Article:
ESNY

Every year, it’s become a common-theme that voters of the MLB Hall of Fame let deserving players fall by the way-side, leaving fans questioning the process.

By Patrick Brewer

Another year, another Hall of Fame snub. Or should I say snubs.

It seems with every year, another player is added to the list of those who fell short.

For every slam dunk Hall of Fame selection, there are at least two deserving players who do not make it in. This year is once again no different.

As expected, Ken Griffey (99.3% of the vote) was a near unanimous selection and Mike Piazza (83% of the vote) barely snuck in.

However, several players fell short of selection, despite being well deserving themselves.

Players such as Jeff Bagwell (71.6%), Tim Raines (69.8%), and Trevor Hoffman (67.3%) came up just short despite being worthy of selection.

Other deserving players like Curt Schilling (52.3%), Roger Clemens (45.2%), Barry Bonds (44.3%), Edgar Martinez (43.4%), Mike Mussina (43.0%), all came up rather short for a variety of reasons, whether it was the use of PEDs, the suspected use of PEDs, or questions on whether the player was deserving enough based on position or accumulated stats.

Even worse, players like Alan Trammell and Mark McGwire fell off the ballot completely after not getting elected in their window of opportunity.

Another travesty surrounds Jim Edmonds, who fell off the ballot after only getting 2.5% of the vote in his first year of eligibility. Unfortunately, this was short of the required 5% needed to stay on the ballot for another year.

Based on the above results, there is obviously no shortage of players who could be considered “snubs.”

That’s not even including players like Lee Smith, Fred McGriff, Jeff Kent, Sammy Sosa, Gary Sheffield, Billy Wagner and Larry Walker, all of whom garnered less than 35% of the vote, most falling under even 20%. It is clear that in this year more than perhaps any other there was quite a substantial number of deserving players who could have been elected. And yet only two players ended up being elected.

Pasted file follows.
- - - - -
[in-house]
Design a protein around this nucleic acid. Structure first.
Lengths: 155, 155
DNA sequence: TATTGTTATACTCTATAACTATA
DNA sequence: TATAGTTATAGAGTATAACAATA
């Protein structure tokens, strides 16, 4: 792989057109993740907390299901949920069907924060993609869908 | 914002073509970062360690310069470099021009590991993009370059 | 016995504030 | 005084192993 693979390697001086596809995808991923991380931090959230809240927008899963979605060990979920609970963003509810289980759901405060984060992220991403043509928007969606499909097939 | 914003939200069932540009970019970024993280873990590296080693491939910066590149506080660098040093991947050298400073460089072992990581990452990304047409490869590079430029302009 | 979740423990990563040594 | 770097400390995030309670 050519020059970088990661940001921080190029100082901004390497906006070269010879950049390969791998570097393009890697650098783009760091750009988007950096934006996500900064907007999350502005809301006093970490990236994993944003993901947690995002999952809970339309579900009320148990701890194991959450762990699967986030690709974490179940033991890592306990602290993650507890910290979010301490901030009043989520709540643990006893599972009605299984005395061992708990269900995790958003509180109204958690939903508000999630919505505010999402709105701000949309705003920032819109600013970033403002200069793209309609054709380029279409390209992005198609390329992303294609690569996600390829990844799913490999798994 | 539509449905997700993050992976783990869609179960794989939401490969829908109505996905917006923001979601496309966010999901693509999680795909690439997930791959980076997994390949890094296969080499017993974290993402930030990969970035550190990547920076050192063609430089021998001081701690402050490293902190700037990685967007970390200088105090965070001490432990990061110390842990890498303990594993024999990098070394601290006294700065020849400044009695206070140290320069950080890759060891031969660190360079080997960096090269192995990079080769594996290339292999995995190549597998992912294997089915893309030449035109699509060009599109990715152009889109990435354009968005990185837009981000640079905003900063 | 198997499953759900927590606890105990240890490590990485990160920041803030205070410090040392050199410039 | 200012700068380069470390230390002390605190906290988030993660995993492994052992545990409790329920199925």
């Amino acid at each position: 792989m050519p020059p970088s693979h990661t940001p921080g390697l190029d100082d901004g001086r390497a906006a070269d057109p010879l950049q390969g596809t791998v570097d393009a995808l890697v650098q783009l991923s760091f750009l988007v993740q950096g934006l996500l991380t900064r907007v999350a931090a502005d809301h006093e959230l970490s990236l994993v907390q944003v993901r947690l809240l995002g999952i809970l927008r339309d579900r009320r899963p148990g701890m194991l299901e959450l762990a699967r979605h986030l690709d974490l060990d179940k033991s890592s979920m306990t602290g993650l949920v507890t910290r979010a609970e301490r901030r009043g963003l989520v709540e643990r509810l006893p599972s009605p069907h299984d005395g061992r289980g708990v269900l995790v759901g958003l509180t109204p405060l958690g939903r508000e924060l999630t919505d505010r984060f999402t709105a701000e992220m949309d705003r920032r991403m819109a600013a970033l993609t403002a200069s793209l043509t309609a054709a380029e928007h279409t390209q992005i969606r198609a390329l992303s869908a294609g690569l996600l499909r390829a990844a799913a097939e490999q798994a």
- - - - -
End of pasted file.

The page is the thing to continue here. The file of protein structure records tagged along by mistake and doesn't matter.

It is clear that there is a problem in the current Hall of Fame voting system.

Whether you view a player as a Hall of Famer or not, it’s rather ridiculous that someone with the portfolio of Jim Edmonds is one and done. Honestly, it is beyond a disappointment. Perhaps, even far worse are players such as Edgar Martinez and Mike Mussina getting less than half of the overall vote.

It appears that players in the steroid era, who were either suspected of, or proven to have used steroids at some point, are being held out of the Hall. Fairly or unfairly. Likely, this stigma has kept Bagwell out of the Hall this year, and may have kept Piazza out in recent years.

Most certainly, this “guilty by association” has kept the likes of Sosa, Bonds, Clemens, and McGwire out of the Hall as well. These players will not be elected, until the steroid issue is more clearly decided. Until then, these players will continue to play second fiddle to those with less uncertainty surrounding their success.

Despite each Hall of Fame voter having a total of ten potential picks, only two players earned more than the three quarters threshold to be elected into the Hall.

Whether the average person views this as a problem or not, there are clearly players not getting into the Hall that should be. Trevor Hoffman, arguably one of the top closers in baseball history fell just short of being elected. The same can be said for Jeff Bagwell, who was arguably one of the best at his position at well.

Despite their vast success over their careers, these players were still seen as not being good enough in the eyes of the voters. Obviously everyone cannot get in, but the Hall of Fame snub is becoming all too common. Deserving players are going by the way side because not enough voters can agree on what makes a player “worthy” of being a part of such elite company.

And, that right there is the root of the problem.

Next: Mike Piazza’s Top 5 Career Moments With The New York Mets

NYY

NYM

NYG

NYJ

NYK

BKN

NYR

NYI

NJD

SJU